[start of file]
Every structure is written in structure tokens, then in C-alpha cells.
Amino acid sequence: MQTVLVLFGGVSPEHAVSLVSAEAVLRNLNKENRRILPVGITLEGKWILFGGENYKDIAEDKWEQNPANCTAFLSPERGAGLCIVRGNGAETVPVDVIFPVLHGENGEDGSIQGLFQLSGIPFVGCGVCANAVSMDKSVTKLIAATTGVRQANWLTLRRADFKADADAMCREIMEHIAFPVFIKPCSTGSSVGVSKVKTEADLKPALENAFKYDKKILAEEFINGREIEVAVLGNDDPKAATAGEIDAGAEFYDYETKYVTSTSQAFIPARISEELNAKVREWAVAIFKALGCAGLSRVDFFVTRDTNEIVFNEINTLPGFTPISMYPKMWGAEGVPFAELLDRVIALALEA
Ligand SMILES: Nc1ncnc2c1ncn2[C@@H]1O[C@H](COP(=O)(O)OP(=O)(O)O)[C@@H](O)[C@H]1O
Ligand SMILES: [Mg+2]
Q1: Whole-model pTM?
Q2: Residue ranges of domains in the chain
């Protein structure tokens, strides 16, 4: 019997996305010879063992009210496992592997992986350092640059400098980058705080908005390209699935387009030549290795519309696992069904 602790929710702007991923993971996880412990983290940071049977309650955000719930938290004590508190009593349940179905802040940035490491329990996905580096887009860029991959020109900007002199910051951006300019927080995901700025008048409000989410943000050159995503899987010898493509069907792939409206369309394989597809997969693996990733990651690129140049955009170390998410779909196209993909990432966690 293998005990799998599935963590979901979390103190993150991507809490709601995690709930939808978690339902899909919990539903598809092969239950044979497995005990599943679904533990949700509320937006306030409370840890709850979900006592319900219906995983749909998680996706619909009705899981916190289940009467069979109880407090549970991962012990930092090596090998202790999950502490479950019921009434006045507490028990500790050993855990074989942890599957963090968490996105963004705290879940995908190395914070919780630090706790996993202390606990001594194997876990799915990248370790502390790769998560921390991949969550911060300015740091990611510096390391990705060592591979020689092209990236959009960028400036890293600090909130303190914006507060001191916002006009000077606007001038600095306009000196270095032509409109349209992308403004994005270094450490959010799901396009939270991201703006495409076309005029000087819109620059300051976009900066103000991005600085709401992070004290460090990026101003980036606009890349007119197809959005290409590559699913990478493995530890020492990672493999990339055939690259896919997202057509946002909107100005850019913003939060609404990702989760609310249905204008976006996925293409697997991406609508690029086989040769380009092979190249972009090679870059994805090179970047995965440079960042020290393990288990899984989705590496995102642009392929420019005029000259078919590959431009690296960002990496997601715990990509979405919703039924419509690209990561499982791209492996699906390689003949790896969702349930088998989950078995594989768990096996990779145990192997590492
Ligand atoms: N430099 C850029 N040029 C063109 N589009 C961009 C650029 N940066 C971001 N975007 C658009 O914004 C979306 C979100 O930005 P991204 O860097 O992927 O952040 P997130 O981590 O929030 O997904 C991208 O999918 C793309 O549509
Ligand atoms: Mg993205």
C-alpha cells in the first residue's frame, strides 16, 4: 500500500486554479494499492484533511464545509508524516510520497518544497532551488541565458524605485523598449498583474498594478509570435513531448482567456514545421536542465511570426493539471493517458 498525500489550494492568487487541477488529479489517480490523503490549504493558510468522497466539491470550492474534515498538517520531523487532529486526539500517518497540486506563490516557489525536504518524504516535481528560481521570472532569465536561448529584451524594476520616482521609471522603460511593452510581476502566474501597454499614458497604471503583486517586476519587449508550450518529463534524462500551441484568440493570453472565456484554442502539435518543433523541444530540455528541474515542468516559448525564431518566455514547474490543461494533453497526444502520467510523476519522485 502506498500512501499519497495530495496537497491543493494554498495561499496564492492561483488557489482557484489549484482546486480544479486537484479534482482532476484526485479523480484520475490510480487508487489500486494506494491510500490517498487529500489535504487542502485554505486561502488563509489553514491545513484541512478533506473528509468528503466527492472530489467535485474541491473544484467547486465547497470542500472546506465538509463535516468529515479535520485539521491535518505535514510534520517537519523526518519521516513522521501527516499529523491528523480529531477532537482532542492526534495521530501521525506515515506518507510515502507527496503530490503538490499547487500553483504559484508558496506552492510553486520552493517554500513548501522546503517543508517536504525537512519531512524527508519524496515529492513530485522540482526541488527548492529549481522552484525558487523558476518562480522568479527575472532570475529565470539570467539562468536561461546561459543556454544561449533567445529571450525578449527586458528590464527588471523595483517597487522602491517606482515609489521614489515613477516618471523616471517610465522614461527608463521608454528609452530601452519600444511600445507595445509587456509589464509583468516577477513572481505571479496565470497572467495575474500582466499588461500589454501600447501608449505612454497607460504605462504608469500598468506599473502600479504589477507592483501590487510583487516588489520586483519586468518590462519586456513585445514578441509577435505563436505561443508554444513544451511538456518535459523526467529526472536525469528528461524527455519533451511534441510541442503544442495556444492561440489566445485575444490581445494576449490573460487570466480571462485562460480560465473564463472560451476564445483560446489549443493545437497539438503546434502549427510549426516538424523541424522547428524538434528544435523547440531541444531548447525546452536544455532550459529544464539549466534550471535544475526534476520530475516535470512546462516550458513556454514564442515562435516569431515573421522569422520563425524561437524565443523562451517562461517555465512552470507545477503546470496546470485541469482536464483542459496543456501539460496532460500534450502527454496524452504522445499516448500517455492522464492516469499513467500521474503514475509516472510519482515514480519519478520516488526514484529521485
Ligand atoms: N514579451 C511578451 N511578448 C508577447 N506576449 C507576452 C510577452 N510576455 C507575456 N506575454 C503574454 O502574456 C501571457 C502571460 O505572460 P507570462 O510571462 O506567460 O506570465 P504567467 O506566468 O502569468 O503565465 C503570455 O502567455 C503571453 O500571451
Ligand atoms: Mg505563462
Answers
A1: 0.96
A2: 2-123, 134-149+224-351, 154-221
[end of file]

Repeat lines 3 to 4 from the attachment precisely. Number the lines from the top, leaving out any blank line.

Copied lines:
Ligand SMILES: Nc1ncnc2c1ncn2[C@@H]1O[C@H](COP(=O)(O)OP(=O)(O)O)[C@@H](O)[C@H]1O
Ligand SMILES: [Mg+2]